Mickey Harley is convinced he presents something no one else does on the North Fork — a hands-on garlic-harvesting experience.
At his farm, Bhavana Berries in Southold, visitors are welcome to grab a brightly colored shovel and pluck an odiferous head of garlic straight from the ground. Such interactivity, often abbreviated in signs as “U-pick,” is common with other fruits and vegetables — but Harley believes he is the only farm in the area to offer garlic as an option.
“There are a lot of other garlic farmers, but I don’t know of any that do U-pick,” he said.
Harley isn’t even a large-scale garlic farmer himself: the majority of his property is a commercial blueberry farm. He has offered U-pick blueberries for several years and decided last year to add garlic as an option “for fun.”
This year, he is “more serious” about the fragrant bulbs. He planted 20,000 heads of Bulgarian garlic, which has a purple tint and a stronger flavor, and 5,000 heads of elephant garlic.
The elephant garlic runs $5 per bulb and the Bulgarian costs $2 per bulb. Harley has no limit on how many each customer can harvest at a time.
Although the crop typically begins its season around July 15, Harley said his is ready and he started selling it in u-pick fashion last weekend.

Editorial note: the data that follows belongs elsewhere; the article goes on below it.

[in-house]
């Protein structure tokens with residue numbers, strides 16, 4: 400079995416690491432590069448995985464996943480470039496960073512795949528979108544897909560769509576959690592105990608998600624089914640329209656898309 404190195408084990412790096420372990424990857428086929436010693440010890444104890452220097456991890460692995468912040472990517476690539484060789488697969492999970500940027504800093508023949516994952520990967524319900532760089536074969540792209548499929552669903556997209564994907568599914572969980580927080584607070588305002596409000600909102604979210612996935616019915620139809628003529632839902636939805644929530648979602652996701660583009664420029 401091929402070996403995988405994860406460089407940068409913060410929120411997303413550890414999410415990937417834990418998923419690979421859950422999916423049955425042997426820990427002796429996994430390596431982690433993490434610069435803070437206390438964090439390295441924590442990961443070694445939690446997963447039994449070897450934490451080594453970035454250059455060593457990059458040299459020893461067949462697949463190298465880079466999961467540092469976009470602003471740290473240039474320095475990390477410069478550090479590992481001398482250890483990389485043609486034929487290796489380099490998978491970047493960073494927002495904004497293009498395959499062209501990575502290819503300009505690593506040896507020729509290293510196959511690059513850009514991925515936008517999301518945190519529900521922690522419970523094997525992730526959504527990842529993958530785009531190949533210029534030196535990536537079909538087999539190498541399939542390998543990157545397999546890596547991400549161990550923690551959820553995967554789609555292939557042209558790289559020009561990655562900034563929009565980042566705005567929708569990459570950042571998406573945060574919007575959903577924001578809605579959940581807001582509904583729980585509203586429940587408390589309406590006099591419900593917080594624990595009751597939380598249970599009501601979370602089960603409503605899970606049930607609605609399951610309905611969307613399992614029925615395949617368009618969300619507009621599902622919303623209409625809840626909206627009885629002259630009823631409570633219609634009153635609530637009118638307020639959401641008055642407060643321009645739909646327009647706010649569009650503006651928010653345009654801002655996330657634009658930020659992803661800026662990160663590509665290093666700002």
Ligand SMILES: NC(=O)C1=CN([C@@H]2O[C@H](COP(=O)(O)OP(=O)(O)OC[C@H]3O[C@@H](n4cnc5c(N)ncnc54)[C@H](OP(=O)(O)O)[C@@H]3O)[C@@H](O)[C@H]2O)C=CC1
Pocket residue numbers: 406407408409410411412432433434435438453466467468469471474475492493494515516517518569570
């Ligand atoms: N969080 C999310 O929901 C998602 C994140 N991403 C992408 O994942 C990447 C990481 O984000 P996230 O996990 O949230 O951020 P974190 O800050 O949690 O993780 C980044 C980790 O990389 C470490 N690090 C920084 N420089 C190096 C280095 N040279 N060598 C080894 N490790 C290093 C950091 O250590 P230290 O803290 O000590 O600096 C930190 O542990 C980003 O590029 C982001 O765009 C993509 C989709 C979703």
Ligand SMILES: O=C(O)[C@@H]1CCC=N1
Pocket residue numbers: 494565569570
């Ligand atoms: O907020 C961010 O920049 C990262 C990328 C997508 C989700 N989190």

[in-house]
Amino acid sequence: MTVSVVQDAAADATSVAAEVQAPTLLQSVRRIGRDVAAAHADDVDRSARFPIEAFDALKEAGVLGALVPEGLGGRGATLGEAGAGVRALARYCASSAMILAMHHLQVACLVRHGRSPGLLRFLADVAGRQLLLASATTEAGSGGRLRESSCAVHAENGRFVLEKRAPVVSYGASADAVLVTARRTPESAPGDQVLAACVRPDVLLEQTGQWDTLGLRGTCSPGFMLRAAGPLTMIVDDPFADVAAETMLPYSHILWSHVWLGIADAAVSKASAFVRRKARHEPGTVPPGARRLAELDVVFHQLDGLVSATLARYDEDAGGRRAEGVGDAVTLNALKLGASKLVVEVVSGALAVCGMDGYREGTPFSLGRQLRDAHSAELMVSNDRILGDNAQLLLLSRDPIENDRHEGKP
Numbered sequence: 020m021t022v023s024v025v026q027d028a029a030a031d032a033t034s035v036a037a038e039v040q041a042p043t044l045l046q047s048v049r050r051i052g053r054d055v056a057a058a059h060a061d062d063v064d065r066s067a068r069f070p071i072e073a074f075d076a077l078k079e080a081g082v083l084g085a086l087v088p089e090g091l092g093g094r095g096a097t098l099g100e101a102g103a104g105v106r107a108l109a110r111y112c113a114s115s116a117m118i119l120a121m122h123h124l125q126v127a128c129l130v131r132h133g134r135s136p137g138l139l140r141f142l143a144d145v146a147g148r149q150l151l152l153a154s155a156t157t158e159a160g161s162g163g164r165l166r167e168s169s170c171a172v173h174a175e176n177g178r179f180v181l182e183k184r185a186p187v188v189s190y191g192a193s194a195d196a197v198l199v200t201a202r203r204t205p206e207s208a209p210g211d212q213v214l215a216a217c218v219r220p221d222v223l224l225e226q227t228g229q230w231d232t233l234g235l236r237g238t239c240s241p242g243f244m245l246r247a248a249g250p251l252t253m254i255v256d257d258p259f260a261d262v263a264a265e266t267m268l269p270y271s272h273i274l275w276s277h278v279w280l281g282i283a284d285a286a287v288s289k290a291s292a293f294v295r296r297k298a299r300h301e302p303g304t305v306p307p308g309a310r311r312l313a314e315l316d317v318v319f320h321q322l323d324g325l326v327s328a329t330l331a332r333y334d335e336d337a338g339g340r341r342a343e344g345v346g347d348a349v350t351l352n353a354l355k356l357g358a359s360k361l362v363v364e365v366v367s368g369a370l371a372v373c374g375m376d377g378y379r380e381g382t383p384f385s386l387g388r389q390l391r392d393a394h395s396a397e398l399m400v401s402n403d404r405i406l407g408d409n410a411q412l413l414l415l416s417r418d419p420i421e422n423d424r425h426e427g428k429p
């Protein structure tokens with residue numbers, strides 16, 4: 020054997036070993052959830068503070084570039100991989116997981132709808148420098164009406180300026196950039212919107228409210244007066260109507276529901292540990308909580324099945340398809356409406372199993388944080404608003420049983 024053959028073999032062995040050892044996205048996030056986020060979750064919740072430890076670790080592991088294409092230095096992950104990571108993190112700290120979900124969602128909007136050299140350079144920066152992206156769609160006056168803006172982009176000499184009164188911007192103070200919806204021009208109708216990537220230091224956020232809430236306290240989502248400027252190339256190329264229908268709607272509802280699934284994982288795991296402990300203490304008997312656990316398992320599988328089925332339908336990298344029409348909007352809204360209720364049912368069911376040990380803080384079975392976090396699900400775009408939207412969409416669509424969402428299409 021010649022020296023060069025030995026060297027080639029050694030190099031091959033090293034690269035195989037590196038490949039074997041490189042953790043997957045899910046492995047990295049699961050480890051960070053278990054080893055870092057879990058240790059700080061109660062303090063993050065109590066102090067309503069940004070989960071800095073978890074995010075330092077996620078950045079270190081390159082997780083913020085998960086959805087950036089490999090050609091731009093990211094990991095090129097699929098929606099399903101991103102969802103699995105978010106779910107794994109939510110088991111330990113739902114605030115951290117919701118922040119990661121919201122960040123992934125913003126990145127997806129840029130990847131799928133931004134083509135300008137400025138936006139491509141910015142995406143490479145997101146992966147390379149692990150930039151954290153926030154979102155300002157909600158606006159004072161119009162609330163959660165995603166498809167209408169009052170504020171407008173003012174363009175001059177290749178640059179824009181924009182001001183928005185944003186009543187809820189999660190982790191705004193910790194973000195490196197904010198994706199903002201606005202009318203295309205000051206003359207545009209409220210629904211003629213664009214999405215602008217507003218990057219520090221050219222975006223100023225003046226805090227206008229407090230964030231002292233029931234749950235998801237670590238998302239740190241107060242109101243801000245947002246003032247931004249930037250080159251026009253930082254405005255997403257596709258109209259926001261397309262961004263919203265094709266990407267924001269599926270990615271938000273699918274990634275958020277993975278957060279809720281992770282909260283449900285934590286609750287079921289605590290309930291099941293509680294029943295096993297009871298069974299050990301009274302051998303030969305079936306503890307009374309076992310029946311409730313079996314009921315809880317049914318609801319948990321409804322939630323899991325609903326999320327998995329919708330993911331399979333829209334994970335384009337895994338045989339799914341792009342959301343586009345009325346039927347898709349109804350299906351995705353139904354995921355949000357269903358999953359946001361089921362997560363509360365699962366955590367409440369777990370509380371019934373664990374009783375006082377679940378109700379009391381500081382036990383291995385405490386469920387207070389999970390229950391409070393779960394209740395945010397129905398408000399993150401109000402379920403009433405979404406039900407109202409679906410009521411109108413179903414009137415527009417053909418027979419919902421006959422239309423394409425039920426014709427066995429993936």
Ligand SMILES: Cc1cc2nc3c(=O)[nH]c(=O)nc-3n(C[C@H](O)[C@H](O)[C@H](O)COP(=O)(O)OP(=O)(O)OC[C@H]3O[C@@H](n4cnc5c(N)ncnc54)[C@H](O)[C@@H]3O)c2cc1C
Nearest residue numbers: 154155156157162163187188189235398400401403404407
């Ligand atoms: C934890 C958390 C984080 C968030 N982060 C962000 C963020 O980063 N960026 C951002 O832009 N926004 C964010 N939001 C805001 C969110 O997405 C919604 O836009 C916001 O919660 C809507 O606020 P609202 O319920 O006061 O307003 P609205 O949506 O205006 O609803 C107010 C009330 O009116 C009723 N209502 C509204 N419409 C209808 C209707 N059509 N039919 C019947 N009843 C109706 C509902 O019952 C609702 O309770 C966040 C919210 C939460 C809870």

And he said demand is already high.
“People enjoy it,” he said. “Last weekend, we had a nonstop flow of people. Even this whole week, which has not been the greatest weather, we’ve had a steady flow of people coming here.”
For Harley himself, U-pick offers an opportunity to engage with his customers in a more personal manner.
“I like the direct contact with the customers,” he said. “It’s fun and it’s what the North Fork has to offer.”
The farm attracts people from “all walks of life,” Harley said, because of garlic’s versatility across a wide range of cuisines.
“Most people use garlic,” he said. “I don’t know anybody who doesn’t use garlic in their cooking. You get so many different ethnicities that use it in their cooking and talk about it all the time.”
He did say, however, that guests are often surprised to find garlic sticking out of the ground.
“People are fascinated by garlic, too, because they don’t know how it’s grown,” he said. “Most people are like, ‘I didn’t know if it grew off a tree or a bush.’”
Picking the garlic isn’t terribly hard: a line of colorful shovels sits along the fence ready for use, as do buckets to help carry the plants. You’ll need to stomp on the shovel with some force, but thanks to some wet weather, the ground was fairly soft during a recent visit.
“Make sure you keep the shovel a good six to eight inches away from the stalk, otherwise you’ll chop right into the bulb,” Harley said.
Bhavana Berries is located at 4395 Hortons Lane in Southold.